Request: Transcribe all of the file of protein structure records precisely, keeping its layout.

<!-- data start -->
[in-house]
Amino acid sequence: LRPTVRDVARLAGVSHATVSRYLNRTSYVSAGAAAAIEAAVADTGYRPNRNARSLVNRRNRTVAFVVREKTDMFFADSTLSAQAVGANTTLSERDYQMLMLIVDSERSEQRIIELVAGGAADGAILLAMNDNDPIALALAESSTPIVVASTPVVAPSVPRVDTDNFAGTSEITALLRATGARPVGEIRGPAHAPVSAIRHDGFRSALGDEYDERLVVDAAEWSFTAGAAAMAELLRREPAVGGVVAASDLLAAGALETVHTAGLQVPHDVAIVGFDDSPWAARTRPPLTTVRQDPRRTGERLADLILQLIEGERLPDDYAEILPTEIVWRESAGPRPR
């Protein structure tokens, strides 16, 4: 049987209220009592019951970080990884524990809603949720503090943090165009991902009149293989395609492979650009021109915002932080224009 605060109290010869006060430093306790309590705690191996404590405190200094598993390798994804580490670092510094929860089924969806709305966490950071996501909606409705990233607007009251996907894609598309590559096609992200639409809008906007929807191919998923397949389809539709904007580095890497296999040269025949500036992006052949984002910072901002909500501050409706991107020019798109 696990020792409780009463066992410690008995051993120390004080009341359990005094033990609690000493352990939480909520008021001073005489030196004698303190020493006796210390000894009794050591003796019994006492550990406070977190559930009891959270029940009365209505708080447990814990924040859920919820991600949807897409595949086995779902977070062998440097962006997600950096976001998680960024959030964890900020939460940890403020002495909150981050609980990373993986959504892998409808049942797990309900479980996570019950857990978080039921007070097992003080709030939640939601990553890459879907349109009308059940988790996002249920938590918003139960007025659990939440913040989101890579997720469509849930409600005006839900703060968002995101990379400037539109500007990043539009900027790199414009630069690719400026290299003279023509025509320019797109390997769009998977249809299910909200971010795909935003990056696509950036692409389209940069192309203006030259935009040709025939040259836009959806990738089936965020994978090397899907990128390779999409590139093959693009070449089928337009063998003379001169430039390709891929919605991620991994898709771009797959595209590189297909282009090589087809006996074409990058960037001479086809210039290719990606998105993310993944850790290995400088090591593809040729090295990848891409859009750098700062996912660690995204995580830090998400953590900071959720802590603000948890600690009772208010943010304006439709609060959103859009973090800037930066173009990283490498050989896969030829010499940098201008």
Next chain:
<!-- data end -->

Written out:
[in-house]
Amino acid sequence: LRPTVRDVARLAGVSHATVSRYLNRTSYVSAGAAAAIEAAVADTGYRPNRNARSLVNRRNRTVAFVVREKTDMFFADSTLSAQAVGANTTLSERDYQMLMLIVDSERSEQRIIELVAGGAADGAILLAMNDNDPIALALAESSTPIVVASTPVVAPSVPRVDTDNFAGTSEITALLRATGARPVGEIRGPAHAPVSAIRHDGFRSALGDEYDERLVVDAAEWSFTAGAAAMAELLRREPAVGGVVAASDLLAAGALETVHTAGLQVPHDVAIVGFDDSPWAARTRPPLTTVRQDPRRTGERLADLILQLIEGERLPDDYAEILPTEIVWRESAGPRPR
């Protein structure tokens, strides 16, 4: 049987209220009592019951970080990884524990809603949720503090943090165009991902009149293989395609492979650009021109915002932080224009 605060109290010869006060430093306790309590705690191996404590405190200094598993390798994804580490670092510094929860089924969806709305966490950071996501909606409705990233607007009251996907894609598309590559096609992200639409809008906007929807191919998923397949389809539709904007580095890497296999040269025949500036992006052949984002910072901002909500501050409706991107020019798109 696990020792409780009463066992410690008995051993120390004080009341359990005094033990609690000493352990939480909520008021001073005489030196004698303190020493006796210390000894009794050591003796019994006492550990406070977190559930009891959270029940009365209505708080447990814990924040859920919820991600949807897409595949086995779902977070062998440097962006997600950096976001998680960024959030964890900020939460940890403020002495909150981050609980990373993986959504892998409808049942797990309900479980996570019950857990978080039921007070097992003080709030939640939601990553890459879907349109009308059940988790996002249920938590918003139960007025659990939440913040989101890579997720469509849930409600005006839900703060968002995101990379400037539109500007990043539009900027790199414009630069690719400026290299003279023509025509320019797109390997769009998977249809299910909200971010795909935003990056696509950036692409389209940069192309203006030259935009040709025939040259836009959806990738089936965020994978090397899907990128390779999409590139093959693009070449089928337009063998003379001169430039390709891929919605991620991994898709771009797959595209590189297909282009090589087809006996074409990058960037001479086809210039290719990606998105993310993944850790290995400088090591593809040729090295990848891409859009750098700062996912660690995204995580830090998400953590900071959720802590603000948890600690009772208010943010304006439709609060959103859009973090800037930066173009990283490498050989896969030829010499940098201008």
Next chain: